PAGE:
The Bill and Melinda Gates Foundation became the latest high profile backer of the conservative American Legislative Exchange Council to withdraw financial support after pressure from groups opposed to ALEC’s support of “stand your ground” laws and Voter ID.
Roll Call reports that a foundation spokesperson said it does not plan to make any future grants to the organization. The Bill and Melinda Gates Foundation contributed more than $375,000 to ALEC in the past two years.
ALEC’s more than three hundred corporate sponsors pay annual membership dues ranging from $5,000 to $50,000 to advance their agendas, plus additional fees of $1,500 to $5,000 a year to participate in ALEC’s various task forces, where, according to an ALEC publication, “legislators welcome their private-sector counterparts to the table as equals.”
That’s the very model of a bad public-private partnership and crony capitalism. (More detail by ALEC Exposed.)
So what excuse does the Bill and Melinda Gates Foundation have? Jessica Pieklo’s article says:
“Our involvement with ALEC was focused on efforts to oppose discriminatory food and beverage taxes, not on issues that have no direct bearing on our business,” Coke spokeswoman Diana Garza Ciarlante said.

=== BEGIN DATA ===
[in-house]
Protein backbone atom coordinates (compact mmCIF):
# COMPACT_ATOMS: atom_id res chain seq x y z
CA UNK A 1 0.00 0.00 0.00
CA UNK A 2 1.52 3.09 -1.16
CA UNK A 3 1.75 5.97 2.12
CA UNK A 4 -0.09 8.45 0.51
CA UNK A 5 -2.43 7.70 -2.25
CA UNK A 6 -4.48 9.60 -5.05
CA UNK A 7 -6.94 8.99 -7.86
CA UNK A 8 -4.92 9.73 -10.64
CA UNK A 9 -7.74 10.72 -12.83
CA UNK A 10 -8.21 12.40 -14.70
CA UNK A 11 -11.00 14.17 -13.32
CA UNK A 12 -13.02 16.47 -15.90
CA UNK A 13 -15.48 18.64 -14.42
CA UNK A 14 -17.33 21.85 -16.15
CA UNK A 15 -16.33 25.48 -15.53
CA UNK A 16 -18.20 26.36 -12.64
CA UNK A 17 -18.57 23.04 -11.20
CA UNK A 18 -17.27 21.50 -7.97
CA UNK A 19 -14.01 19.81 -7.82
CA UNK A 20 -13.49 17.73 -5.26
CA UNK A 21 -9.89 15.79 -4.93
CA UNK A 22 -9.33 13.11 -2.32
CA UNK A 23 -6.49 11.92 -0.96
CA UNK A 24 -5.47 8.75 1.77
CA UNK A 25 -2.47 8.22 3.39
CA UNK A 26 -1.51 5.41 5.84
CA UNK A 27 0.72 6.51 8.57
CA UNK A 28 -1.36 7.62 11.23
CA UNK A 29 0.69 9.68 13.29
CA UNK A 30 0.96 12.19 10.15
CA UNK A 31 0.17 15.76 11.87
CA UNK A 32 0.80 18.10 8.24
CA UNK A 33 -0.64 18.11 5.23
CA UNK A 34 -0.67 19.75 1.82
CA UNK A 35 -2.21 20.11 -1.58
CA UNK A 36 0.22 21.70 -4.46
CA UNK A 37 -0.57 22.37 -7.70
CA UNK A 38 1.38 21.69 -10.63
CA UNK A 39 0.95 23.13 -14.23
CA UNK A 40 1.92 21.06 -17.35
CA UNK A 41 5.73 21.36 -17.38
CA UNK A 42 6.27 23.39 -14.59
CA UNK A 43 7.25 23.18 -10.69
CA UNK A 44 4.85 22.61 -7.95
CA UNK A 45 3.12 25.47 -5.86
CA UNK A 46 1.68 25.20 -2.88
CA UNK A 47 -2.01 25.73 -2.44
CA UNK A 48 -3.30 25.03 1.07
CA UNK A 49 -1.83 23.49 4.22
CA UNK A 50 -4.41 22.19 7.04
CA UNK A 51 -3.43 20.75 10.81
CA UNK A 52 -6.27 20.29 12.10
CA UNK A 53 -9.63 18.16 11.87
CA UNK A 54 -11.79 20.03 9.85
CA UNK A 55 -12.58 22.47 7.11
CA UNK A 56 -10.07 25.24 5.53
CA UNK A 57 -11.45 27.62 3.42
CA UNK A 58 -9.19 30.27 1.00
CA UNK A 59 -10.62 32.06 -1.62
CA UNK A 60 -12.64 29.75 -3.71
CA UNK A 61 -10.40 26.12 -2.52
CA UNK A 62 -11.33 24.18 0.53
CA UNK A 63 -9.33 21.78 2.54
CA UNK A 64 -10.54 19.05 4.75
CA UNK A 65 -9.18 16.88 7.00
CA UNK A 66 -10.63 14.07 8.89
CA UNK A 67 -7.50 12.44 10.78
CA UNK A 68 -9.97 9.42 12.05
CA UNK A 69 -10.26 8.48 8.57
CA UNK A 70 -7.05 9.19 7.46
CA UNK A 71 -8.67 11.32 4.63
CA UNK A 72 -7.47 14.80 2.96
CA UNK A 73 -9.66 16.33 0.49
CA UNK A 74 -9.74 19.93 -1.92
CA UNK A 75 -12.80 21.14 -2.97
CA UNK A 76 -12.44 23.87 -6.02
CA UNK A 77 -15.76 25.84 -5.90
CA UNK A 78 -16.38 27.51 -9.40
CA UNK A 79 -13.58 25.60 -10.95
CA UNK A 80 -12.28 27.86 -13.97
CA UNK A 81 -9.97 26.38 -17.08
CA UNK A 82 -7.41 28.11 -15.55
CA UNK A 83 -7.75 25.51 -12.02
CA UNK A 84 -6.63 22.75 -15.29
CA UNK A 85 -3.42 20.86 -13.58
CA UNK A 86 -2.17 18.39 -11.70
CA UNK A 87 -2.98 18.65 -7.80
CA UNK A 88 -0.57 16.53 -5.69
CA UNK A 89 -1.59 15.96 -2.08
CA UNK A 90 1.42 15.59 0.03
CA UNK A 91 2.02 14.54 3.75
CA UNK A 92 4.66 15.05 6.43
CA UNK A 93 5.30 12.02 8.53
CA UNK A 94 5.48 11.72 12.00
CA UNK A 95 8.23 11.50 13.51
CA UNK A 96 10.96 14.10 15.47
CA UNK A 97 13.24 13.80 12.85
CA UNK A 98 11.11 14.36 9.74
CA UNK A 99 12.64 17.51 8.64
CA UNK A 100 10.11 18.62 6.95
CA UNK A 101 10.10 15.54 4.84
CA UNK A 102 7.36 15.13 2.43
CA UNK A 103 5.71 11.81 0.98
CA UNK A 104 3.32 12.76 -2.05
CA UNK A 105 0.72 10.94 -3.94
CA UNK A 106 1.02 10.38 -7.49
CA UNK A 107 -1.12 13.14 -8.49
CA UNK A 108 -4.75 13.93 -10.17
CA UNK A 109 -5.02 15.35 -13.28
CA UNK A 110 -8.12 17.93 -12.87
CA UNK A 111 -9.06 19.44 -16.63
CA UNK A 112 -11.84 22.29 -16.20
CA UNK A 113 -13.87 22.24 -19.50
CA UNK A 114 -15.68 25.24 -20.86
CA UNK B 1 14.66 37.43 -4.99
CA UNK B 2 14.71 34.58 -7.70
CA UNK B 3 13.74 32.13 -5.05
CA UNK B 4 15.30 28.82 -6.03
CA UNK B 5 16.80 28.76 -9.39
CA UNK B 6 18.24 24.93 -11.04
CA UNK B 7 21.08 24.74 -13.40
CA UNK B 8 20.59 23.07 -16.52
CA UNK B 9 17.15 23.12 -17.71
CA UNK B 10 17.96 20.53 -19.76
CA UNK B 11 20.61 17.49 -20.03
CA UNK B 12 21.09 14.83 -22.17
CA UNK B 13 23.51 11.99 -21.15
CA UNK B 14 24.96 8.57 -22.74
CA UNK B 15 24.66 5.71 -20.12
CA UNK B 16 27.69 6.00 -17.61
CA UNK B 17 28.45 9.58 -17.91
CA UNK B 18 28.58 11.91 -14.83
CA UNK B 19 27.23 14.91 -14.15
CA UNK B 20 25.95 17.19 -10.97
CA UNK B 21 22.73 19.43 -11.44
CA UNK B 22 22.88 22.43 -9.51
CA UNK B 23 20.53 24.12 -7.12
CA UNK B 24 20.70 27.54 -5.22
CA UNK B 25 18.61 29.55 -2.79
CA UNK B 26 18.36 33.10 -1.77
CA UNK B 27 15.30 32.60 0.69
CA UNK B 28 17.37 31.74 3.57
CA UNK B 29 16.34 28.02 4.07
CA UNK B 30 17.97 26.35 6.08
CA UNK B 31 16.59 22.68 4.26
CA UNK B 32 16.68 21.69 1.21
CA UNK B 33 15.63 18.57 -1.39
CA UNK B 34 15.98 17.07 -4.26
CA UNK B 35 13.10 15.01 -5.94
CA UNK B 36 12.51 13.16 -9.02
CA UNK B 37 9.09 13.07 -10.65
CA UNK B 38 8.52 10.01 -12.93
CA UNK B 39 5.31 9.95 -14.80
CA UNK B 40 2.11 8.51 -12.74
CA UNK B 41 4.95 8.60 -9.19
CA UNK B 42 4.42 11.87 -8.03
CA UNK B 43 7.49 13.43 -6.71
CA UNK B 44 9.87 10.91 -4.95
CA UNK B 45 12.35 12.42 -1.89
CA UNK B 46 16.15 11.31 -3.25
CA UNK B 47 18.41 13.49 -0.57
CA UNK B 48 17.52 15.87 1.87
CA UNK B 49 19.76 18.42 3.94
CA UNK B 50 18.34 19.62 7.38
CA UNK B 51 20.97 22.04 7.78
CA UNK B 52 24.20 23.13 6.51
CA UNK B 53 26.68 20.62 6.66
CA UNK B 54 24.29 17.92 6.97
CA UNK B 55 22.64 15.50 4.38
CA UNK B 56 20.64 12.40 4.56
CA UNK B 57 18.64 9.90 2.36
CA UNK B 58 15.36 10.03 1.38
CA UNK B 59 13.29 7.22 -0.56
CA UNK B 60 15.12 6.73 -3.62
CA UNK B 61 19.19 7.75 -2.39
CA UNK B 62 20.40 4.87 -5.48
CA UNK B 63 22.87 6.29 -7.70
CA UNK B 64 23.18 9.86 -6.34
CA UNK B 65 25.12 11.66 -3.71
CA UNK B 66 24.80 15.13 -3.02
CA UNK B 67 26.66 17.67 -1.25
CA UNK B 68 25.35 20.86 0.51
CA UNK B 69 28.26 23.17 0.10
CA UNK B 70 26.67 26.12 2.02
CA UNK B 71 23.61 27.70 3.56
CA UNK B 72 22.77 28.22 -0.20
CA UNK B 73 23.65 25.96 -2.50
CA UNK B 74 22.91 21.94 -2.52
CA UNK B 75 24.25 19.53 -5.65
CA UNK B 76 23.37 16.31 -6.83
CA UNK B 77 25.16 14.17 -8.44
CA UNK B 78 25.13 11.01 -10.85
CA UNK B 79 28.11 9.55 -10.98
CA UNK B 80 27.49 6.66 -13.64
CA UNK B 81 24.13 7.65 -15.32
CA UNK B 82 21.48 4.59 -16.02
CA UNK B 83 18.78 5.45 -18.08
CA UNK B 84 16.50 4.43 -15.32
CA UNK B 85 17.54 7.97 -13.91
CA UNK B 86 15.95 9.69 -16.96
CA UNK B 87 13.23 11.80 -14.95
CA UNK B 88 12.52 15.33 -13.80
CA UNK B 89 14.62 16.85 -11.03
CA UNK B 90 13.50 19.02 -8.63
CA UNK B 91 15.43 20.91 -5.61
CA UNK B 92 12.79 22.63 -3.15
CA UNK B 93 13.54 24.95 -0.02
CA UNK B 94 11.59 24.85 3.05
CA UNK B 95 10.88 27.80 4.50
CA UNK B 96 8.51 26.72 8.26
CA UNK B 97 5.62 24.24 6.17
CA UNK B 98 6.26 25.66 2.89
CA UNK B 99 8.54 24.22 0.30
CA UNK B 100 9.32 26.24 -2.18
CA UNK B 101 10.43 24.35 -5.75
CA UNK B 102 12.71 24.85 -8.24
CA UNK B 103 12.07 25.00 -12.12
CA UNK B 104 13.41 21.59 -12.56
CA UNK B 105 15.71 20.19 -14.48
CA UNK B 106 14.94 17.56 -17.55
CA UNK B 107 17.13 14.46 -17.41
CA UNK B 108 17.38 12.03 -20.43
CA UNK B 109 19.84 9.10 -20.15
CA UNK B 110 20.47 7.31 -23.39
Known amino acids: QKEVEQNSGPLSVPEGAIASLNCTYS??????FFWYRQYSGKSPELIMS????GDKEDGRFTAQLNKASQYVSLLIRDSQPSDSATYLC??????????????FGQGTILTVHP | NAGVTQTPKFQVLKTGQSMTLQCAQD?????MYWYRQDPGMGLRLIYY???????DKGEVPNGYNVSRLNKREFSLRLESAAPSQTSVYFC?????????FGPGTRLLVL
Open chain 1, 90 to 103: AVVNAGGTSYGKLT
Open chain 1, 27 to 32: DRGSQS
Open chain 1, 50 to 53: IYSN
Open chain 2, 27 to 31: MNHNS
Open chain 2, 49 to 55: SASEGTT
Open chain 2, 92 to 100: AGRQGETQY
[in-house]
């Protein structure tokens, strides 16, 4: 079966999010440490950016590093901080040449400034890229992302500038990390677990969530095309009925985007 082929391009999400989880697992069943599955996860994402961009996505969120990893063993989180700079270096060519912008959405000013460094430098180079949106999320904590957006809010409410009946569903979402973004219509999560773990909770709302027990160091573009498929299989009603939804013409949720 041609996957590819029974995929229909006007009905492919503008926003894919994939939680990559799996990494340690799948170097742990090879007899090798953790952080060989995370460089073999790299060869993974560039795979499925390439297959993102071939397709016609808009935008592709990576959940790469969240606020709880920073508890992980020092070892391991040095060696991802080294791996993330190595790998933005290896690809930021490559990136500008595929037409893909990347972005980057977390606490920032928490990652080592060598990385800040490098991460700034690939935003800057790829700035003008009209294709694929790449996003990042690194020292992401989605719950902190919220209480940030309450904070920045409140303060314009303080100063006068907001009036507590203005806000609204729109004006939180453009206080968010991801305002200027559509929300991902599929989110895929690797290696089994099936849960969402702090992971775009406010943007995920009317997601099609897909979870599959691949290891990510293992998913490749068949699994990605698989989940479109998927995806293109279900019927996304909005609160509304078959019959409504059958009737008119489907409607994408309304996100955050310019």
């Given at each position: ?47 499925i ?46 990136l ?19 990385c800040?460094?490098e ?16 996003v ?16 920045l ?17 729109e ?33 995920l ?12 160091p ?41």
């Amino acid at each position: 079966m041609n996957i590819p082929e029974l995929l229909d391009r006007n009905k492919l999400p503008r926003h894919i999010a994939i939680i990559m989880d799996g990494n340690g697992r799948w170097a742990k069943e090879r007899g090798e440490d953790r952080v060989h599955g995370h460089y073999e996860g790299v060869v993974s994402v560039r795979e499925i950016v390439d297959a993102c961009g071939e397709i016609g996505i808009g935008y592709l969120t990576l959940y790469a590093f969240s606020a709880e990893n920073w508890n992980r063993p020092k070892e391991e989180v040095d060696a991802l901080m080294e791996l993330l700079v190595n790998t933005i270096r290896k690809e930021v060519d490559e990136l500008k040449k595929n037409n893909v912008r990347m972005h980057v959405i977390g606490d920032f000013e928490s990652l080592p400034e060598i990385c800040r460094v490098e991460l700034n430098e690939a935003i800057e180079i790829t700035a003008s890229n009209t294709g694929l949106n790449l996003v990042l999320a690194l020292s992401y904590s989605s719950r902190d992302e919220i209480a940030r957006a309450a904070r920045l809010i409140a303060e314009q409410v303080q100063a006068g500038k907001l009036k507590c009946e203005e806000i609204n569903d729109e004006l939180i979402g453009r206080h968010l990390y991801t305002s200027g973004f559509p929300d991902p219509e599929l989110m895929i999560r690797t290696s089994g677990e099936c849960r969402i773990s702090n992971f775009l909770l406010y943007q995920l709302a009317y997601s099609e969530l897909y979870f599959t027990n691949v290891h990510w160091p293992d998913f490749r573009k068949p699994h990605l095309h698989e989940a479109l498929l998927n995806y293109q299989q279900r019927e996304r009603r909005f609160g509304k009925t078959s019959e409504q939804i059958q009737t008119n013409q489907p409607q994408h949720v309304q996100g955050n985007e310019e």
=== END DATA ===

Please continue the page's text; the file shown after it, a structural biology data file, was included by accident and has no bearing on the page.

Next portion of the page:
…opposes all efforts — federally and on the state level — to impose discriminatory taxes on food and/or beverages.
Now I don’t like food taxes, either: they’re the very model of regressive taxes that affect the poor more than the rich. But beverage taxes? As in taxes on the sugar water Coca-Cola sells? Those might improve public health and increase state revenue.
So how much has Coke supported ALEC in this?
Ciarlante said the company would not disclose its financial support of ALEC but said it was restricted to yearly dues. She said it had been a member for approximately 10 years. The company had received some phone calls protesting its relationship with ALEC, she said, but declined to comment on the decision beyond the company’s statement.
I wonder how much other support Coke provided, as in for example introductions to power-brokers around Atlanta.
Coke’s rival Pepsi also declined to renew its ALEC membership when it expired at the end of 2011, spokeswoman Heather Gleason said. The company’s 10-year membership focused exclusively on tax issues related to the beverage industry, she said.
And Pepsi probably also didn’t want to talk about lobbying for tax breaks for sugar water while legislatures are cutting education budgets.